Dancing out of Bali

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Dancing out of Bali
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    • Art
    • dance
    • culture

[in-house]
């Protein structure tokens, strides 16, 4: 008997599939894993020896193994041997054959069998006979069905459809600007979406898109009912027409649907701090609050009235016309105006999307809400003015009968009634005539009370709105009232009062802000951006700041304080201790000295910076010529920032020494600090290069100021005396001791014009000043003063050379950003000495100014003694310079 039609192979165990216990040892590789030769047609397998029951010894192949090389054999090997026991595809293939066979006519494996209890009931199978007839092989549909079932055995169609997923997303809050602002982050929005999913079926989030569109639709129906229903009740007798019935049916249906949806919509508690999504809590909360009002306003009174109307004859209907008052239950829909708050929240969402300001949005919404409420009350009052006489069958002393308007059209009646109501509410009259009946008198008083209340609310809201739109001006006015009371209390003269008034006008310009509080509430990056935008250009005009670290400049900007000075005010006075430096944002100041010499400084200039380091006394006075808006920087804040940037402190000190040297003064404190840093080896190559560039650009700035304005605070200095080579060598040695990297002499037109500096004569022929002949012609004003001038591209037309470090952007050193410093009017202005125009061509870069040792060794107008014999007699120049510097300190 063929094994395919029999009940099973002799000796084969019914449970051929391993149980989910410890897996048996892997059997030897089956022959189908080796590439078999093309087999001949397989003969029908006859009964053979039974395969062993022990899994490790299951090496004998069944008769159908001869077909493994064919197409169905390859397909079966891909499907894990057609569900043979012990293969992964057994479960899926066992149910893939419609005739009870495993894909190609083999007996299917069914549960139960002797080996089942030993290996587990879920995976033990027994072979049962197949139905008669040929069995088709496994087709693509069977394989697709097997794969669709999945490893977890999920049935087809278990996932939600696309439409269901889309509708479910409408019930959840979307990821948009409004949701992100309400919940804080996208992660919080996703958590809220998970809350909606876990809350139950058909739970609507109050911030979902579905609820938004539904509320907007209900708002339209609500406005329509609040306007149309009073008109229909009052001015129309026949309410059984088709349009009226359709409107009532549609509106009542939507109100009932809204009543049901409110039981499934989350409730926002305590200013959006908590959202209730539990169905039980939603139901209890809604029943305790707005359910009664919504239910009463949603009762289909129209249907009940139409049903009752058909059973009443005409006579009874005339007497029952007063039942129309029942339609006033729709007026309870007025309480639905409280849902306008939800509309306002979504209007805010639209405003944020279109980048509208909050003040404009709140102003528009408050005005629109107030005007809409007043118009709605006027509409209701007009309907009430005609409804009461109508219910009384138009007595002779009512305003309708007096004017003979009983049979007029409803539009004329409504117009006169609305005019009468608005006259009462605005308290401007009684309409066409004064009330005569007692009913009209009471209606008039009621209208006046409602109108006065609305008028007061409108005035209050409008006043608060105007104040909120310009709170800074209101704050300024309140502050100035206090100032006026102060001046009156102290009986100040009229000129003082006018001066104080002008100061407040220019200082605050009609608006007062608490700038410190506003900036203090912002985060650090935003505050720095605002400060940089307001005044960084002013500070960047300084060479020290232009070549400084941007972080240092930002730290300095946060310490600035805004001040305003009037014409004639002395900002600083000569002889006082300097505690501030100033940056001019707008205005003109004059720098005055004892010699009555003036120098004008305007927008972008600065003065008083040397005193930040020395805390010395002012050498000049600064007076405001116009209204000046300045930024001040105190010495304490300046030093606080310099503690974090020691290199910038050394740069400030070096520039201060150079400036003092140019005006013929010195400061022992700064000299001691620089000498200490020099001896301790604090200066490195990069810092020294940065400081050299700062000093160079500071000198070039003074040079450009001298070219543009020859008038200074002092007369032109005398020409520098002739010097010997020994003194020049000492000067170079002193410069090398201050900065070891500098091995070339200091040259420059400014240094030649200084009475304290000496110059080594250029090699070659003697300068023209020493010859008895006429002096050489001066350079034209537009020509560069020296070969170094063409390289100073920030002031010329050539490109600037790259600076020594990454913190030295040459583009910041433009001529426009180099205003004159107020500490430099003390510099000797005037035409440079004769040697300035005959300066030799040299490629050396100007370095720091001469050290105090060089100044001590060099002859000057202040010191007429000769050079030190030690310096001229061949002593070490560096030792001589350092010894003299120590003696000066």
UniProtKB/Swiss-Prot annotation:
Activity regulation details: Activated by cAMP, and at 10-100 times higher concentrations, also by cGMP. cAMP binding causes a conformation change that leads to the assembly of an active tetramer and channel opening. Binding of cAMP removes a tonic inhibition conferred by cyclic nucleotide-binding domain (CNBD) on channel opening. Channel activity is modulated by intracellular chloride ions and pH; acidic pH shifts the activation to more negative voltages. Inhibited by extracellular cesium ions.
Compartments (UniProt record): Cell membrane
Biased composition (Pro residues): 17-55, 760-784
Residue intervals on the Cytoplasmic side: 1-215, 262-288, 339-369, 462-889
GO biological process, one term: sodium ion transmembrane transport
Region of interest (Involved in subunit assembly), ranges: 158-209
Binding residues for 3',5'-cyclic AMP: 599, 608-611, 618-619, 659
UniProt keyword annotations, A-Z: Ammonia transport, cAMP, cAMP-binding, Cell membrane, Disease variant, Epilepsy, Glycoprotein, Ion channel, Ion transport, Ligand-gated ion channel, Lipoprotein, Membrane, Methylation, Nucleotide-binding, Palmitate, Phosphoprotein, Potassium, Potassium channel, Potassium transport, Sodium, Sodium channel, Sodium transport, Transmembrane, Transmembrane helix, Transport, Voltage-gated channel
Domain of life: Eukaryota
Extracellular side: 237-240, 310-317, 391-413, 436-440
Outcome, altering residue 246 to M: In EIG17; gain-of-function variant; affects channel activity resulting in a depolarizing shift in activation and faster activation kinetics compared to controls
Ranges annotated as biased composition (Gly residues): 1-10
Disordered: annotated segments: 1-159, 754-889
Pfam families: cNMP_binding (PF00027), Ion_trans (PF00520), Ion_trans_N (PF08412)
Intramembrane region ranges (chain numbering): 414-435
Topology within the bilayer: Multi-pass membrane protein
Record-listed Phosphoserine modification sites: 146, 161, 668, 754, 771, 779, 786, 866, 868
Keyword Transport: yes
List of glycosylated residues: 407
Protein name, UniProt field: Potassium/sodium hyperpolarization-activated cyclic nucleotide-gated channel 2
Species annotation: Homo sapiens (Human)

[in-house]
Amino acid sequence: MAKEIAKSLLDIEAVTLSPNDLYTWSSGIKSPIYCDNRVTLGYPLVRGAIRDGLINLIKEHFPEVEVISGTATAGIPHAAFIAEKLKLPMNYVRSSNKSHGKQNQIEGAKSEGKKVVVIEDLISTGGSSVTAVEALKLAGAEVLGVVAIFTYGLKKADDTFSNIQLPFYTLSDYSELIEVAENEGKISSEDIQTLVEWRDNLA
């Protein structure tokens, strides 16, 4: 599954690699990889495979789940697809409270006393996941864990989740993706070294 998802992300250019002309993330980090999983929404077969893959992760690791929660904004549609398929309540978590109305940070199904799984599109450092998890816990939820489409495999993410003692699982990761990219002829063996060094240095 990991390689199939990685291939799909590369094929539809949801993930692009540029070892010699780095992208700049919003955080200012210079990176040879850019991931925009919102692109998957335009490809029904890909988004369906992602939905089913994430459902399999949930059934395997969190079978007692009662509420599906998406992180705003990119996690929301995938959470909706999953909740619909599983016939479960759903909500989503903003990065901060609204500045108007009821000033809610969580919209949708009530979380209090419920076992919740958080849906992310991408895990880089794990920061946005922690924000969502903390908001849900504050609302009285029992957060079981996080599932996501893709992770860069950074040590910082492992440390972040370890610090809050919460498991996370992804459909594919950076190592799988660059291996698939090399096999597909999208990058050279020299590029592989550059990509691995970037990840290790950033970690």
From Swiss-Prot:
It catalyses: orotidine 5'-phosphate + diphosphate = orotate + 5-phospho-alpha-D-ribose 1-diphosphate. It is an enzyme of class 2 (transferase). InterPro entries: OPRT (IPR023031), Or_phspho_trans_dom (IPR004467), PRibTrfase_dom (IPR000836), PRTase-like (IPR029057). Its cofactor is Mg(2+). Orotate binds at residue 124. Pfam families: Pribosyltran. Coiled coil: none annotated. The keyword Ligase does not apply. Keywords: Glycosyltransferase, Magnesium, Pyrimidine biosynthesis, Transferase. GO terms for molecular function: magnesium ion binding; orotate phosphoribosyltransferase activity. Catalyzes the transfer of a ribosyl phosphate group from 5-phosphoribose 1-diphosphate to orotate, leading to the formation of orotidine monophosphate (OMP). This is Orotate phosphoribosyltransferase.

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                    Dancing out of Bali tells a remarkable personal story. It begins in the middle of the political turmoil that gripped post-war South East Asia when John Coast, fresh out of the River Kwai Japanese prison camp in Thailand, decided to spurn the comforts of a bank job in London and instead joined the Indonesian Nationalists in their fight for independence against the Dutch. After independence was won, John Coast settled in 1950 in a small house in Bali with his Javanese wife. During his time in the Japanese camp, he met a number of Balinese and learned their language and customs. Once in Bali, he got to know many of Bali's greatest dancers and musicians. It was at this point that his ambitious plan to bring a troupe of Balinese dancers and musicians to Europe and America began to take shape. Dancing out of Bali tells the daring and remarkable adventure that took them from revolution in Indonesia, via Europe, to the footlights of Broadway where the Balinese captured American hearts in a few short weeks. Here are stories and photographs of the enchanting Balinese and their magical island, including the beautiful 12 year old girl, Ni Gusti Raka, who became a star overnight, and who delighted audiences from coast to coast during the troupe's triumphant tour of Europe and the United States. Laura Rosenberg traced Raka to her village in central Bali. The book, which has been out of print for many years, is finally being reissued (2004), and contains new photographs. Raka continues to dance, passing on her talent to future Balinese dancers in her village of Peliatan.